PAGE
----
I removed the wire, and then lowered the truck jack.
Next, use the jack to carefully push the shock upward into place while guiding the top stud and previously installed rubber bushing into the hole in the top of the spring tower. Remember that this shadetree mechanic is working solo, so the jack acts as an extra pair of hands. Install the top bushing and metal cup, then thread on the new nut supplied in the package just enough to hold the top assembly in place. Using the jack, further raise, then maneuver the bottom shock bracket over the studs and install one nut. Be careful here, as both studs must line up with the shock bracket. If the bracket pushes too hard on the stud, it will be pressed out of its hole, and you get to re-install the stud using two fingers in a small area with no direct vision. It can be done, trust me. Remove the jack, install the other nut, and tighten everything up using a 13 mm wrench, working side-to-side as you fully tighten the nuts. The nuts are tight enough when you can’t move them further with a regular size hand-operated wrench.
Return to the top stud and use a 19mm wrench (yes, it’s bigger than the nut you removed from the old shock) to tighten the nut while holding the very top of the shaft with a 9mm wrench. Unlike the OEM shock, the Bilstein shock has a hex on the top of the shaft so your small wrench will get a good grip while you tighten the nut with the big wrench. Both wrenches I used for final tightening are box type. Because this bolt is a nyloc nut, it does not need to be tightened until it can be turned no more as was the OEM nut. Just get it tight with several threads showing on the shaft’s top.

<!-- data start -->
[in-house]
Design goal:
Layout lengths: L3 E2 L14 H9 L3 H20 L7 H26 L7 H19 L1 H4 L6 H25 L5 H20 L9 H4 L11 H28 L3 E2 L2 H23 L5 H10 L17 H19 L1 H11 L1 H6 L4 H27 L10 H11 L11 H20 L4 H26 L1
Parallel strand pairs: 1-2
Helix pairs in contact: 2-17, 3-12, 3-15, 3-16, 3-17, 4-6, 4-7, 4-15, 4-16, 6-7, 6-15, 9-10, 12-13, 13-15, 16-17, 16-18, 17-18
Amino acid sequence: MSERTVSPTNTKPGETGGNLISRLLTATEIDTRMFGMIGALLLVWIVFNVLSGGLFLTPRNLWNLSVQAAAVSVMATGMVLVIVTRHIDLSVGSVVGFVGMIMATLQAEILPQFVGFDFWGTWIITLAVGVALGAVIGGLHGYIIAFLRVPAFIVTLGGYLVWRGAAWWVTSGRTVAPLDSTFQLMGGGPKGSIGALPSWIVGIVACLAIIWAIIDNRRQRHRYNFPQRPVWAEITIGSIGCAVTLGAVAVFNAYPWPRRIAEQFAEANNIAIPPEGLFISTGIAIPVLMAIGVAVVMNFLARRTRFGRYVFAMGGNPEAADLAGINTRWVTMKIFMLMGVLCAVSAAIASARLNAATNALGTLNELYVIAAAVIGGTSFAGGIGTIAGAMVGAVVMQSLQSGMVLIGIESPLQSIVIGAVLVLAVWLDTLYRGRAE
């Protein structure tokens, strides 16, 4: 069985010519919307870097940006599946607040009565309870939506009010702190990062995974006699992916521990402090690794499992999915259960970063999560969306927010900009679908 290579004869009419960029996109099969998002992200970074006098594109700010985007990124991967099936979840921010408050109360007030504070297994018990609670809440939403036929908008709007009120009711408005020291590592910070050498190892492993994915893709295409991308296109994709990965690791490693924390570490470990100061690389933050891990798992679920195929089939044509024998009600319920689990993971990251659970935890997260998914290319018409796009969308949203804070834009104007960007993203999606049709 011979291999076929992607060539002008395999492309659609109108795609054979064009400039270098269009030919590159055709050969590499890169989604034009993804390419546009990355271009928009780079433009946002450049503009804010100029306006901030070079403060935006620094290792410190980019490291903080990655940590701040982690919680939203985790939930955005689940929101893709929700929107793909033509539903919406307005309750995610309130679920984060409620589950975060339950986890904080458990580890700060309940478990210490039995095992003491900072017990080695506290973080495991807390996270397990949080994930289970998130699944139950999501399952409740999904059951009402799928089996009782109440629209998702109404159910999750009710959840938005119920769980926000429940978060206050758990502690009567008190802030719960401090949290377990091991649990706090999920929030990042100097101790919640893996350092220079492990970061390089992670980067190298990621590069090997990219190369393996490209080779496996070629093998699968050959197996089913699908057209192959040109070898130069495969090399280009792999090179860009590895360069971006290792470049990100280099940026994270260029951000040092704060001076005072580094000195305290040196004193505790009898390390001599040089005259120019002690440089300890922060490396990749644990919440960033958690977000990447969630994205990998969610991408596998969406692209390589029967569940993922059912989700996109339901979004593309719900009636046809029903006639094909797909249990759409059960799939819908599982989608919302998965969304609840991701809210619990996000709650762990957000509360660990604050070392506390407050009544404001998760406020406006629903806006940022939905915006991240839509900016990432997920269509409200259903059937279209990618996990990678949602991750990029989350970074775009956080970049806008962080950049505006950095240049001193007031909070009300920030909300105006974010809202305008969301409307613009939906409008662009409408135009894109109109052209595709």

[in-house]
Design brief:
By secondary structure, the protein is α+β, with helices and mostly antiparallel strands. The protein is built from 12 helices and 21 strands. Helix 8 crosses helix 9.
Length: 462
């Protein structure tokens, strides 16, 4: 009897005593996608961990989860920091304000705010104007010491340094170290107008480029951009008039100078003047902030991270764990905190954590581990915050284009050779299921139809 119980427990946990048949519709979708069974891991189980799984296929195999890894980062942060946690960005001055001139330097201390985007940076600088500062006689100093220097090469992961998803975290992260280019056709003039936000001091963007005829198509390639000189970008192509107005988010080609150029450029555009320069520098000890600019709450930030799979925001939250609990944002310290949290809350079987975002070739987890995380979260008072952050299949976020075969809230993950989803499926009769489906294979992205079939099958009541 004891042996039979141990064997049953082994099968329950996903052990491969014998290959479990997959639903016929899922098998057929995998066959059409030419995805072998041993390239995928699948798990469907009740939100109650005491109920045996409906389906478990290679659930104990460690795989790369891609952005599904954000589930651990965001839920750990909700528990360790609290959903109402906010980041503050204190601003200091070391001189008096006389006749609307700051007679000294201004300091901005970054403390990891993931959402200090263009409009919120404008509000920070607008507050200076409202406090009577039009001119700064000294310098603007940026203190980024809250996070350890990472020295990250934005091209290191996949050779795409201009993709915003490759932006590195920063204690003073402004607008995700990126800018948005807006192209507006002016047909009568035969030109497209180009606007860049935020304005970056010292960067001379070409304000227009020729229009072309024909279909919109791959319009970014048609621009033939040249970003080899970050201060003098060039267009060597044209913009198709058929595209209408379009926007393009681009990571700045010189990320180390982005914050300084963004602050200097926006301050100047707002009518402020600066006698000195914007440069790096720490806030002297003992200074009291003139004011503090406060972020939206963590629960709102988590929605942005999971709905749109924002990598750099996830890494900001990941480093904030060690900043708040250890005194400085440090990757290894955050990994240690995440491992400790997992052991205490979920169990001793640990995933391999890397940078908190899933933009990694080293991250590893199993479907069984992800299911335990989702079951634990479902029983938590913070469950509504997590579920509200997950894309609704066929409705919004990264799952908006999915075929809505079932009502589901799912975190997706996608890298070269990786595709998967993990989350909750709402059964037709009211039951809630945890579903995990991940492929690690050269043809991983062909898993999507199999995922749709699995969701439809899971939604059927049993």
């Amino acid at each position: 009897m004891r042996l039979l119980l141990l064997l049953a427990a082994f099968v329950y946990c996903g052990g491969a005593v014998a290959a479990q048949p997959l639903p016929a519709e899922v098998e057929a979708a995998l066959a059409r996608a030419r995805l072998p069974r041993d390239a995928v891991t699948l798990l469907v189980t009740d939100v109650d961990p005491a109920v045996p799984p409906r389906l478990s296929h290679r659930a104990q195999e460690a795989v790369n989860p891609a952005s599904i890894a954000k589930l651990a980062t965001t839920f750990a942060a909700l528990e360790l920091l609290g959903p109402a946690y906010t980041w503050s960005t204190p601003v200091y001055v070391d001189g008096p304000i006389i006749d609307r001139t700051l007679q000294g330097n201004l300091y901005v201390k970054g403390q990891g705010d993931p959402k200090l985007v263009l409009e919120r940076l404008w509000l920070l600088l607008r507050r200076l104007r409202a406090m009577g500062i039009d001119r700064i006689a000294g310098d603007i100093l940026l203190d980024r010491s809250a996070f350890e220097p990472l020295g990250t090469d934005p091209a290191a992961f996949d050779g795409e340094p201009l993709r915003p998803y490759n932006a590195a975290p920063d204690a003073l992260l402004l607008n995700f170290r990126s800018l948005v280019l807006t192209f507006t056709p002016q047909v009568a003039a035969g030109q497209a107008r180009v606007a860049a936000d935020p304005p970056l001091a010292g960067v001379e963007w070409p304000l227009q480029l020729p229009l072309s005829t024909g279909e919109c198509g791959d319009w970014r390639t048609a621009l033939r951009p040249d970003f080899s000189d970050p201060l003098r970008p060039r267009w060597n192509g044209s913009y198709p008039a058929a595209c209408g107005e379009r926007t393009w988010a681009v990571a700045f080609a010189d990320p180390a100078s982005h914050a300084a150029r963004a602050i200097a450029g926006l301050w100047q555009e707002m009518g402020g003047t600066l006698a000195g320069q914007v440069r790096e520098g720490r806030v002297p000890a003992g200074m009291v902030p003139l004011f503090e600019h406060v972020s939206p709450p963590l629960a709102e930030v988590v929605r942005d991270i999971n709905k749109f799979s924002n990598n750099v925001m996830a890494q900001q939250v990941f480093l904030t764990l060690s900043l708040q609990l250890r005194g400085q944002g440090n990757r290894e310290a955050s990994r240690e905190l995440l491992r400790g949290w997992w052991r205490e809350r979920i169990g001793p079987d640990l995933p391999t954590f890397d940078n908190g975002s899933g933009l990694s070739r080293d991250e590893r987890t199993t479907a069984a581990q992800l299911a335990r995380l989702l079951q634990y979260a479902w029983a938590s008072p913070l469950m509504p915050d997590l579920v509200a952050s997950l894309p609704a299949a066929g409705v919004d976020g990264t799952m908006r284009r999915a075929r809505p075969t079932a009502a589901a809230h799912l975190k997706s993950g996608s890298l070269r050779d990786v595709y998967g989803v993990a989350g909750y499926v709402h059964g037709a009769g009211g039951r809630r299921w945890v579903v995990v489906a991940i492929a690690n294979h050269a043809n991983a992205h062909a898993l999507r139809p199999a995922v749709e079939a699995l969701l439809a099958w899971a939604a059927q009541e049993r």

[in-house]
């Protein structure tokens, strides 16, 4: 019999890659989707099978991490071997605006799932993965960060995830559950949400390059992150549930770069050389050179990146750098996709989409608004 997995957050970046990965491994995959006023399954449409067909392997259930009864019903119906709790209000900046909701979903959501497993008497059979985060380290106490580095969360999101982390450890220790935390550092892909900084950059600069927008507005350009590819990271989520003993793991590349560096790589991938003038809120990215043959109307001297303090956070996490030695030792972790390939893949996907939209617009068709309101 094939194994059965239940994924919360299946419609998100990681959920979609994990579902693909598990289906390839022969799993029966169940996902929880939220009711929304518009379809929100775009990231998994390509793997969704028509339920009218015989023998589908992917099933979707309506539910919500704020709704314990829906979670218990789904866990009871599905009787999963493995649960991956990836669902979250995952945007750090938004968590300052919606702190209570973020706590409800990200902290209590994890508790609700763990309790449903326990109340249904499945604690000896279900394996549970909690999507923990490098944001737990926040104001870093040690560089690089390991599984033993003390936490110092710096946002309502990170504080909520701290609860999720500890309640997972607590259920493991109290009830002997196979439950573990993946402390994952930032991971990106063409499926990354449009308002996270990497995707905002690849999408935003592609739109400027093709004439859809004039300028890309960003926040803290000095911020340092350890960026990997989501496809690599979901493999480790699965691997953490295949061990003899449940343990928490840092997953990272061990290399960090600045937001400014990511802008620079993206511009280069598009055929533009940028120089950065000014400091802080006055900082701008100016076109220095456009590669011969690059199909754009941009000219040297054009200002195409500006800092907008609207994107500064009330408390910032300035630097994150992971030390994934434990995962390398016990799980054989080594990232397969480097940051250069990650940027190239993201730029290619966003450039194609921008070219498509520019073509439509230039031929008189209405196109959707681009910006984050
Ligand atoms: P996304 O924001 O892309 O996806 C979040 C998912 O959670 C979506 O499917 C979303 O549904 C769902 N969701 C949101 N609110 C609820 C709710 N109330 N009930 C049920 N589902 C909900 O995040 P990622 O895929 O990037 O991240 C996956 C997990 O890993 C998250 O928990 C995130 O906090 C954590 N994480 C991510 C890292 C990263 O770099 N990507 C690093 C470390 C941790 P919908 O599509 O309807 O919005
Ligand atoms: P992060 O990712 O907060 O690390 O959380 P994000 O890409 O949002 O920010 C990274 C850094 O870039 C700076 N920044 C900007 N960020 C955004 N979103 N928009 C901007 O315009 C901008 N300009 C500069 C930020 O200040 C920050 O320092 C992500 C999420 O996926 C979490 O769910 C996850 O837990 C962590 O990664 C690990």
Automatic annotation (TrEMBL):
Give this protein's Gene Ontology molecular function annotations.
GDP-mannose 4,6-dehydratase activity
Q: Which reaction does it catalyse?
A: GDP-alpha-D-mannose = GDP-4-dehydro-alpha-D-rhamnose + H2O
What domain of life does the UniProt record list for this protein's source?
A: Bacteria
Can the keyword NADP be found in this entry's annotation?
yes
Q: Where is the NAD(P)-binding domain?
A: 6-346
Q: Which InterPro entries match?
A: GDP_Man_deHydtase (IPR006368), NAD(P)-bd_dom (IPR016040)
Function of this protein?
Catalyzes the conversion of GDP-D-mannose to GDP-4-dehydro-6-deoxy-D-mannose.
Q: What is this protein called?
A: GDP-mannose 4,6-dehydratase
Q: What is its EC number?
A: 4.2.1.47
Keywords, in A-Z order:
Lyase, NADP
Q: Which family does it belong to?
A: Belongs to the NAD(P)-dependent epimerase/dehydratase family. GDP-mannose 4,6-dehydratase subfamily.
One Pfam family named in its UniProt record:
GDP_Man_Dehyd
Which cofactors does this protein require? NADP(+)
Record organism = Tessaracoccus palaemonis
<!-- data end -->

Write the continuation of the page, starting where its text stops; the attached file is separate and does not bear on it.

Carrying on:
Now repeat the process on the other side of the front of your truck. It will take you less time to do the other side, since you’ve now learned which tools to use, and what tricks help make the job easier
A tip: If your jack won’t raise your truck high enough (or you don’t have a jack) to remove the old shock and install the new one, you can dig a small hole in your yard, then park the truck with the shock over the hole. This will help you remove and replace a front shock absorber while using the hole for extra ground clearance without ever jacking up your truck. Don’t forget to fill in the hole before dark. (This is the true definition of shadetree.)
Replacing rear shock absorbers is much the same procedure as replacing the front ones, except you don’t have to hug the tires for top bolt access, and you don’t have ground clearance problems while removing them. Simply slide under your truck, lie on your back, and start twisting wrenches. If you like lots of access room, first lower and remove the spare tire from under your truck, especially to access the driver side upper bolt and nut.
The rear shock absorbers use a bolt-through-eye mounting method on both shock ends, different, but easier than the method of mounting front shocks. The rear shocks are placed far inboard, not good for truck handling in curves. Again, the Dodge “bolt gorilla” was on duty, so use a breaker bar or cheater bar to break the bolts loose with less effort.